- Belko Experiment, The
- Finding Fatimah
- Free Fire
- Their Finest
- Fast & Furious 8
- Hatton Garden Job, The
- Boss Baby, The (3D)
- Autopsy of Jane Doe, The
- Lost City of Z, The
- City of Tiny Lights
- Quiet Passion, A
- Void, The
- Man Down
- Ghost in the Shell (3D)
- Zip & Zap and the Marble Gang
- Don't Knock Twice
Lego Movie, The
Stars: Voices: Chris Pratt, Will Ferrell, Elizabeth Banks, Will Arnett, Nick Offerman, Alison Brie, Charlie Day, Liam Neeson, Morgan Freeman
Director: Phil Lord, Christopher Miller
Move over Hamlet! Your time as Denmark’s most famous son is over.
Now that honour firmly belongs to the created-in-Denmark plastic play bricks, brilliantly brought to life by 3-D computer animation in an unashamed piece of product placement that, fortuitously, also succeeds splendidly as a wildly entertaining and seriously surreal adventure whose entire cast is cleverly created out of Lego building bricks.
It’s creative approach is signalled early one when the arrival of arch-villain and big businessman (who said satire was dead?) Lord Business is preceded by the injunction “Cover your butts! He’s coming!”
After which anything and everything goes as Our Hero, the very ordinary average and absolutely unprepared worker Emmet is mistakenly identified as the Special, the only person who can save Lego-kind from Lord Business. Which he bravely sets out to do, despite his admission that “I have not experience fighting, leading or making plans!”
What follows (sometimes in almost-migraine inducing animated flashes) is a mélange of crazy comedy and action performed by an amazing brick-built cast featuring such cinema stalwarts as Batman, Superman, Han Solo, C3PO and Green Lantern in well-created supporting roles. Add Morgan Freeman voicing ancient mystic Vitruvius, Elizabeth Banks speaking for the brick-built leading lady Wyldestyle and, my favourite, the two faced Good Cop/Bad Cop spoken for by Liam Neeson.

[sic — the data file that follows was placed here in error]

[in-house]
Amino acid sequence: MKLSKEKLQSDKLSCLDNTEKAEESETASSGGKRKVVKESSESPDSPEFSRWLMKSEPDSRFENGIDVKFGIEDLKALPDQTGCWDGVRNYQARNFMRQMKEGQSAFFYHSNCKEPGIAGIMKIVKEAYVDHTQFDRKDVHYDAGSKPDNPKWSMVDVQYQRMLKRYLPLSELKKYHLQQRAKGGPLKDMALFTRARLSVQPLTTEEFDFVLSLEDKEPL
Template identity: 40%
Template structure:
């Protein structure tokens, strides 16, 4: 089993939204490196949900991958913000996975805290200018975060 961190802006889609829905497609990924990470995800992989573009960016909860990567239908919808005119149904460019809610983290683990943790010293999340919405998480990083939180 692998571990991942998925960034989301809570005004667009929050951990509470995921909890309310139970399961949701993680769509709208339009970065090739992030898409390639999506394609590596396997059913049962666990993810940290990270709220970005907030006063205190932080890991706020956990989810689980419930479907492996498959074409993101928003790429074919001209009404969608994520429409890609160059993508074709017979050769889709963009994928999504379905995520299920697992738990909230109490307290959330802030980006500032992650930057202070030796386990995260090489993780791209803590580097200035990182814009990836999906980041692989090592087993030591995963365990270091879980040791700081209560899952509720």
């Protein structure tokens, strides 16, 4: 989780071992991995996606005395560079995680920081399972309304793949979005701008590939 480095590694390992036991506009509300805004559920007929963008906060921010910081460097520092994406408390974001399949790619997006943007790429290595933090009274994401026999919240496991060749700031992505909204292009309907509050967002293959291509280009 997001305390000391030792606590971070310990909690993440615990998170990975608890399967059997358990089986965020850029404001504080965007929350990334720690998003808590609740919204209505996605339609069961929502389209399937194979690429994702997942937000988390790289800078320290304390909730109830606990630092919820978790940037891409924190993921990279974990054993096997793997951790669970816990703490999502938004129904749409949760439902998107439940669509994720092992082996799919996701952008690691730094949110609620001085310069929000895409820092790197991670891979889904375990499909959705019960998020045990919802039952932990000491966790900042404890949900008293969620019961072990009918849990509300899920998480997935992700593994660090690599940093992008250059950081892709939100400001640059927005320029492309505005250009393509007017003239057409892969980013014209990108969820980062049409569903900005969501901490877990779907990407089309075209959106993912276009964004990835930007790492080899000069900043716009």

The vocal casting is apt all the way through and features (uniquely, perhaps?) a non-irritating and perfectly judged performance by Will Ferrell both speaking for a Lego creation and as a flesh and blood character,
All praise is due to writer-directors Phil Lord and Christopher Miller whose barmy brew features everything from spacecraft, pirate ships and a Wild West saloon to a Brave New Lego world that might even have made George Orwell blink.
It’s a splendid one-off and comes off as just fine for all ages.
(And don’t just take the word of a critic – Dad (Ben) enthuses: “this was absolutely brilliant” and, adds Lily, aged 7, “It was the best film I have ever seen. I can’t believe Batman and Superman were in it,” while, says Jake, aged 7, “Like the Lego song says – ‘everything is awesome’!”).
Australia/USA/Denmark 2014. UK Distributor: Warner. Colour.
100 minutes. Widescreen. UK certificate: U.
Guidance ratings (out of 3): Sex/nudity 0, Violence/Horror 0, Drugs 0, Swearing 0.
Review date: 12 Feb 2014